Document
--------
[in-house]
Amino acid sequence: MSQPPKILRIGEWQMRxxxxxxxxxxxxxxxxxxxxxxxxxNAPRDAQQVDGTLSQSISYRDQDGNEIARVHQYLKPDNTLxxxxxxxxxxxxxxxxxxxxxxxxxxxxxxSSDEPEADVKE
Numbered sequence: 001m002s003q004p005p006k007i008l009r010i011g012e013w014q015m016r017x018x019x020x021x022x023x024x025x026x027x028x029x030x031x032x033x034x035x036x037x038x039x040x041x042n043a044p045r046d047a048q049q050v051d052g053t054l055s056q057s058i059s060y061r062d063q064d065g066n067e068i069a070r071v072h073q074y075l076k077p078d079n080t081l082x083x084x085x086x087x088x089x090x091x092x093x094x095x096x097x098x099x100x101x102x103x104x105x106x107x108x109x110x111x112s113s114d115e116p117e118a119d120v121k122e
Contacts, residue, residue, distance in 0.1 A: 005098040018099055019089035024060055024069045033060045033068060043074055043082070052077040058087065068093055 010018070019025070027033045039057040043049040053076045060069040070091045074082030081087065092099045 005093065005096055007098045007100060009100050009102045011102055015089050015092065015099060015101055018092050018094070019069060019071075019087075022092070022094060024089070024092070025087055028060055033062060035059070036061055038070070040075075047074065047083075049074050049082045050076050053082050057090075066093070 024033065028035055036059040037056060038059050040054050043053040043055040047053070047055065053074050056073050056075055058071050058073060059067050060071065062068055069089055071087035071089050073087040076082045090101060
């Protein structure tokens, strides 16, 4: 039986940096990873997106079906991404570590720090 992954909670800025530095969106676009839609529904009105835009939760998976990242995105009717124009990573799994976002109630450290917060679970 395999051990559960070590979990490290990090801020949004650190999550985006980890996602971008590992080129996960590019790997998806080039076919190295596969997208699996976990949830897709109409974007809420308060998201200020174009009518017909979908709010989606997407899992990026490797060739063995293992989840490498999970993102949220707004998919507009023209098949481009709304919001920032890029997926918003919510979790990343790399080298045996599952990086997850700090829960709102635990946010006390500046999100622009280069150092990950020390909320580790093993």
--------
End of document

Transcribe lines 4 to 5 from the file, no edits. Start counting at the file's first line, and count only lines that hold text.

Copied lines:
Contacts, residue, residue, distance in 0.1 A: 005098040018099055019089035024060055024069045033060045033068060043074055043082070052077040058087065068093055 010018070019025070027033045039057040043049040053076045060069040070091045074082030081087065092099045 005093065005096055007098045007100060009100050009102045011102055015089050015092065015099060015101055018092050018094070019069060019071075019087075022092070022094060024089070024092070025087055028060055033062060035059070036061055038070070040075075047074065047083075049074050049082045050076050053082050057090075066093070 024033065028035055036059040037056060038059050040054050043053040043055040047053070047055065053074050056073050056075055058071050058073060059067050060071065062068055069089055071087035071089050073087040076082045090101060
């Protein structure tokens, strides 16, 4: 039986940096990873997106079906991404570590720090 992954909670800025530095969106676009839609529904009105835009939760998976990242995105009717124009990573799994976002109630450290917060679970 395999051990559960070590979990490290990090801020949004650190999550985006980890996602971008590992080129996960590019790997998806080039076919190295596969997208699996976990949830897709109409974007809420308060998201200020174009009518017909979908709010989606997407899992990026490797060739063995293992989840490498999970993102949220707004998919507009023209098949481009709304919001920032890029997926918003919510979790990343790399080298045996599952990086997850700090829960709102635990946010006390500046999100622009280069150092990950020390909320580790093993």